To leverage an asset is to use it in such a way that the best possible outcome is achieved. In personal finance, leverage almost always involves assuming more debt to invest in some opportunity. As debt is accumulated, so to is risk because in any investment there is always a potential to lose all or some of the invested funds-yet the debt must always be repaid.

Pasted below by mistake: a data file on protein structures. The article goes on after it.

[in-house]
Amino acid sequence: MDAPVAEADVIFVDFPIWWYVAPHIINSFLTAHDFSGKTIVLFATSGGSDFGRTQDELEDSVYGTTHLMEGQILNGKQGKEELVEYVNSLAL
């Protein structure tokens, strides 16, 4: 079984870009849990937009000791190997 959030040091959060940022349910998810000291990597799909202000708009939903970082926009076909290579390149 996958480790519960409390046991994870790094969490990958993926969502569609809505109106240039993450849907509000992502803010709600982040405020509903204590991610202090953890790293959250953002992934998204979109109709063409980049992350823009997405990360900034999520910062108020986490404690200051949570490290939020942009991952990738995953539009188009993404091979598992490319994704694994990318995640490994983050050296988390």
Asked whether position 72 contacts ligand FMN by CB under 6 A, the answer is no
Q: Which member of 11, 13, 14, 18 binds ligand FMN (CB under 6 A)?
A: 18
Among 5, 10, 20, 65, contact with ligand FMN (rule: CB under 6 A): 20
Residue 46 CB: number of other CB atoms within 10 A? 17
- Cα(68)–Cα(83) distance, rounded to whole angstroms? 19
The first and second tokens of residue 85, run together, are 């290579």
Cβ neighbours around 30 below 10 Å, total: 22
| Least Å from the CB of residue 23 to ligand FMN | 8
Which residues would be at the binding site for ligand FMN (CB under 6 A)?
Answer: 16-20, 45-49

Various formulas are used to determine how much leverage an individual should accept; bear in mind that risk is often realized. For example, your company might issue a limited time offer to allow employees to purchase company stock at a discount. You might leverage your good credit rating to obtain a large bank loan, and use the borrowed funds to purchase discounted company stock. When the loan comes due, you would sell some or all of the company stock at the non-discounted market value, pay off the loan, pay capital gains tax, and pocket the income. Note that this scenario relies entirely on the company stock retaining its value for the duration of the scenario.